Grounds for withholding consent

Apache North Sea v Ineos (High Court) [2020]

Contracts routinely make certain matters ‘subject to the prior consent of [the other contracting party], such consent not to be unreasonably withheld’ The question in this case was whether consent had been withheld on reasonable grounds


The dispute arose out of an agreement for the transportation and processing of hydrocarbons (the “TPA”) between Apache North Sea (“Apache”) and Ineos. The TPA was entered into for the transportation to shore of Apache’s oil from the North Sea through the Forties Pipeline System (the “FPS”) operated by Ineos.

In June 2019, Apache wrote to Ineos seeking its agreement to amend Attachment F to the TPA to provide for estimates of production for the period from January 2021 to December 2040. Clause 5.05(a) of the TPA provided that if Apache “requires to…amend Attachment F” then subject to there being Uncommitted Capacity, Ineos “shall not unreasonably withhold its consent to such increase.”

It was agreed that there was Uncommitted Capacity. However, Ineos refused its consent to the request unless Apache agreed to a revision of the tariff payable under the TPA.

Apache argued that it is an established principle when consent is required before a particular step can be taken, such consent not to be unreasonably withheld, that consent cannot be withheld in order to secure a re-writing of fundamental terms of the parties’ contract. Apache maintained that the TPA provided for the calculation of tariffs by taking an agreed base point and escalating it by reference to a series of indices over time. Ineos, by seeking changes to the agreed tariffs as the price of consent, were said to be breaching that principle.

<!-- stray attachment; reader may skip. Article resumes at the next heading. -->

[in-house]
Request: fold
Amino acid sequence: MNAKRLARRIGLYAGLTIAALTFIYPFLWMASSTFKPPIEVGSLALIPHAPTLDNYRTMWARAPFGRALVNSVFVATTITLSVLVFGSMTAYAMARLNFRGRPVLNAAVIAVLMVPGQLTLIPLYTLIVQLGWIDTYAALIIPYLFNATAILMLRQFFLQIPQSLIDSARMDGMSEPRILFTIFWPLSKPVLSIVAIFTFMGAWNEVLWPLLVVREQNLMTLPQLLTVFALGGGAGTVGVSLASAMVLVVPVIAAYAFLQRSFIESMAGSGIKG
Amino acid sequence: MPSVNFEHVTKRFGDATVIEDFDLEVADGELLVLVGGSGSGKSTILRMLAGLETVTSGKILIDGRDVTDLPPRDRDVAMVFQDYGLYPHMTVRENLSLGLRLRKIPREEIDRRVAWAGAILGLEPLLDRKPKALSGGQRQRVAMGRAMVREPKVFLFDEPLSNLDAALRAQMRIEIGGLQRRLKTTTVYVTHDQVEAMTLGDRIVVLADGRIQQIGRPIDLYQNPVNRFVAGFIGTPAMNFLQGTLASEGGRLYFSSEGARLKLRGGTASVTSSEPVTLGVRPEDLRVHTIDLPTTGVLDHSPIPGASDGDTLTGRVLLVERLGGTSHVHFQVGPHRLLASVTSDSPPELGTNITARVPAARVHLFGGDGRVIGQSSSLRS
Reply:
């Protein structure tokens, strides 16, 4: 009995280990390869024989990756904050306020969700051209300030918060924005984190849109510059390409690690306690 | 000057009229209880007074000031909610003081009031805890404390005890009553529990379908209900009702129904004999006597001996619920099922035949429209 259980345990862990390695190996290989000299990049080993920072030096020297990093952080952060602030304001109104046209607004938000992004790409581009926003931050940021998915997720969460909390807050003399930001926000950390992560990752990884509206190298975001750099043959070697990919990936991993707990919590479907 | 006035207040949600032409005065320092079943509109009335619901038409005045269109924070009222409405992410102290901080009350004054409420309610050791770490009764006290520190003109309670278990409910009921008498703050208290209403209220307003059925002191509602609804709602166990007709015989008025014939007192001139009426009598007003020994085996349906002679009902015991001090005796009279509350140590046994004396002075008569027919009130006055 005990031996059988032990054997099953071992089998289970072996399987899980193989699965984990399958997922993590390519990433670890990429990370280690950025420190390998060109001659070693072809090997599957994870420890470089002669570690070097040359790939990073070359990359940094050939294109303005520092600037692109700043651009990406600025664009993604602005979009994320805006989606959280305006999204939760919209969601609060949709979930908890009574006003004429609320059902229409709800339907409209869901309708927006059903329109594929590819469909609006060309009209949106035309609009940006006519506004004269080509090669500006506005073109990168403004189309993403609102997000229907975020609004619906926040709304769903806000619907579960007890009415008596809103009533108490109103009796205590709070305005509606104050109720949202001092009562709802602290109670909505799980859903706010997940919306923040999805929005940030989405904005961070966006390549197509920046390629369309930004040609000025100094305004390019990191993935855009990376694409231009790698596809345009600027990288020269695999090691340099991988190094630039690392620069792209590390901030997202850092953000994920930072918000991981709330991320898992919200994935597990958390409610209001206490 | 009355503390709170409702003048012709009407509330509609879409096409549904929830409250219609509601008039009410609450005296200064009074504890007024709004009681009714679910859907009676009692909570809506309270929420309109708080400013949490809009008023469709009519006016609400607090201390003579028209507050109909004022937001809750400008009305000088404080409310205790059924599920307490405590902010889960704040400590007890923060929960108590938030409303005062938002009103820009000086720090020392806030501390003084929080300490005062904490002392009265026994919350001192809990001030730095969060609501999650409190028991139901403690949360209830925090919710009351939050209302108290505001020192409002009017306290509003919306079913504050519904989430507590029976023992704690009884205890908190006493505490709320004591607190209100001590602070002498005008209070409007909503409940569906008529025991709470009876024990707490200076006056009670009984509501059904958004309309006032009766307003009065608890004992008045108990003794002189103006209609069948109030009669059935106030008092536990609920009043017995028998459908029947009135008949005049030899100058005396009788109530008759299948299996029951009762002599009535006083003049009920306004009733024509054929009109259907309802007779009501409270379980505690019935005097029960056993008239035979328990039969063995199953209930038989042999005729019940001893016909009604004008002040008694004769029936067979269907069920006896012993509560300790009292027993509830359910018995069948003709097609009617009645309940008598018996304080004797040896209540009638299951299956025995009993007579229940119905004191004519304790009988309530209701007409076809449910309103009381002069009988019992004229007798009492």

Ineos argued that Apache had no contractual right to transport its hydrocarbons through the TPA after the end of 2020, even less to do so at the contractual tariff. It maintained that the only contractual limitation on Ineos' right to refuse or condition its consent is that the reasons for refusing or conditioning consent must be relevant to Ineos' contractual relationship with Apache and to the change for which Ineos' consent is sought. Ineos pointed to very substantial investments which it intends to make in the FPS and argued that the condition which Ineos seeks to impose is clearly referable to Ineos' contractual relationship with Apache and to Apache's request to amend Attachment F.


The court ruled in favour of Apache and agreed that Ineos was not permitted to impose a condition to require a revision of the tariff payable under the TPA before giving its consent to amend Attachment F to the TPA.

The court re-emphasised an important point that consent provisions cannot be used to re-write the parties’ bargain so as to deprive the counterparty to the contract of rights it has under it.

A condition may be permissible where it provides a mechanism for addressing a legitimate concern on the part of the consent-provider in respect to the consequences of providing consent. In the current case, Ineos’ attempt to increase the tariff payable under the TPA was an illegitimate attempt to rewrite the bargain, where the benefit obtained was not compensatory or mitigatory in nature and was therefore impermissible.

So far as the scope and duration of the TPA were concerned, the court concluded that the agreement was one which had no pre-defined term but rather one which could potentially subsist for so long as Apache were producing oil in the North Sea and that, except for two very specific exceptions, whilst it subsisted, Apache was obliged to use the FPS on an exclusive basis for transporting oil back to shore.

Points to Note:

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